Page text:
Think of the last time you were at a music concert or a sports tournament. Do you ever wonder how much work and planning it would’ve taken the organizers to run the show so seamlessly? The behind-the-scenes of an event involves a lot of activities starting from planning, coordinating, up to putting things together.
However, all these efforts would amount to nothing if no one showed up at the event. In fact, a low registration rate would affect everything including revenue, sponsorship, and speakers. So how do you as an organizer create impact and drive registrations to a particular event? Would you email them, put out a poster, call your friend Bill and ask him to spread the word? Well, there’s a lot involved, and it might seem a little overwhelming to begin with.
To help you get started, we made a comprehensive checklist for you to market your event right and drive attendance.
Define your event’s goal
Before you start working on bringing attendees to your event, focus on understanding what your event’s goal is. Ask yourself the following questions:
What are you offering attendees? What is your event’s value proposition?
What interest groups should attend your event?
How many registrations can your event accommodate?
How much revenue are you trying to generate through this event?
What are some of the brand-building activities you have planned (if there are any)?
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Narrow your audience
Knowing your audience makes it easier to plan activities. Analyze the common goals and interests your attendees might share. Create attendee personas and be as specific as possible. Understand your attendees’ interests, where they hang out, and what sort of content they consume. This will help you market your event in a way that reaches your audience faster.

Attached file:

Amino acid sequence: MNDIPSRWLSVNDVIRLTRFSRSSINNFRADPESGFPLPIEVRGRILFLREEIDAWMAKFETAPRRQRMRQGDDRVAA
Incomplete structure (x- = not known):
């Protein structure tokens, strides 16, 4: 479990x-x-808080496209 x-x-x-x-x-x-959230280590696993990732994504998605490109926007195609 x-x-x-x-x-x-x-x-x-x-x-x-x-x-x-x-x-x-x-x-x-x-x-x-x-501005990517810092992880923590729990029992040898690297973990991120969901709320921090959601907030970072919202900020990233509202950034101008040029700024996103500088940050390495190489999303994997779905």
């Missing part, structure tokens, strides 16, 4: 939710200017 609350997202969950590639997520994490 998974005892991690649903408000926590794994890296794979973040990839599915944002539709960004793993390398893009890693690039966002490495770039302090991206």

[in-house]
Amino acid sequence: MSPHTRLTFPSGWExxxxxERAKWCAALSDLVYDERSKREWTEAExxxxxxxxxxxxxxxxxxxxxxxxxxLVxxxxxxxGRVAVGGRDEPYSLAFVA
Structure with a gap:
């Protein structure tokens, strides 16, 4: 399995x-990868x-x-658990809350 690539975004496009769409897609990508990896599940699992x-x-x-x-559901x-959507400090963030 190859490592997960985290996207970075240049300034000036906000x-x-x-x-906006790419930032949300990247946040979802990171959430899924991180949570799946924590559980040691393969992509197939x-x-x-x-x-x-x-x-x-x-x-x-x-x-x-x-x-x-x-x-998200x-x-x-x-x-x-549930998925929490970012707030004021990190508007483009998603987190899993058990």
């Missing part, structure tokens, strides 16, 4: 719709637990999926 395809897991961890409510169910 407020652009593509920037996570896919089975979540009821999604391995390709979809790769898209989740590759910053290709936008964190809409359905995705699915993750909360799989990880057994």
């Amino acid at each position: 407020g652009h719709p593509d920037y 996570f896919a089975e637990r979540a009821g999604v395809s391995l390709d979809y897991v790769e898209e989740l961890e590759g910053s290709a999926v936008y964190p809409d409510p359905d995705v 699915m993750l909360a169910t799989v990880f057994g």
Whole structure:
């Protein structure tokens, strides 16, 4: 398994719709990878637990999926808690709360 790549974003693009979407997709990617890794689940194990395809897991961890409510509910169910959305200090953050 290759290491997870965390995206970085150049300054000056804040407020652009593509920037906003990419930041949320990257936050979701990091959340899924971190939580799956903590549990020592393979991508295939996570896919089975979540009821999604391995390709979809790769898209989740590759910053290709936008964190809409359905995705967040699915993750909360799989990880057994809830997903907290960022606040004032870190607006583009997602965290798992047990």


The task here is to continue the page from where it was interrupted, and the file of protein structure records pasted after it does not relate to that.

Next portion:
In addition to learning who your audience is, understand what they’re trying to derive from your event.
Networking with people in their or any related industry
Learning about industry developments and improvements
Listen to important speakers
Spy the competitors and learn what they’re doing
Create an event marketing toolkit
When it comes to marketing an event, it’s necessary to keep a set of tools ready for when you see an avenue to showcase your event. Some things you can keep handy include:
Your event’s positioning (for your speakers, sponsors, and other stakeholders)—your target market, your event’s unique proposition, and why your target market should believe in your proposition. This information will come in real handy when you approach speakers and sponsors for your event.
A brochure for exhibitors or sponsors that contains event details such as the date, time, venue, number of attendees, your target audience and their interests, your value proposition, speakers, sessions, and sponsors.
Event ads to attract attendees from various geographies that can be featured in newspapers/magazines or sent across emails.
Site maps; if your event is held on-site, for your attendees and exhibitors. It’s necessary to keep an updated copy of the sitemap that shows booth availability.
Build beautiful and insightful event websites
A website is the online destination to your event. Make it informative by including the event dates, venue, speakers, sponsors, tickets, frequently asked questions, posts from previous events, and a contact us form.
Ensure that your registration form is easy to use and signs attendees up quickly. Ask for only the most necessary details. Usability studies show that long registration forms with irrelevant questions drive away registrants.
Set specific website goals such as the number of website visitors, number of event signups, the conversion ratio, website shares, and more. Register user-approved cookie data in order to provide personalized event information for your website visitors.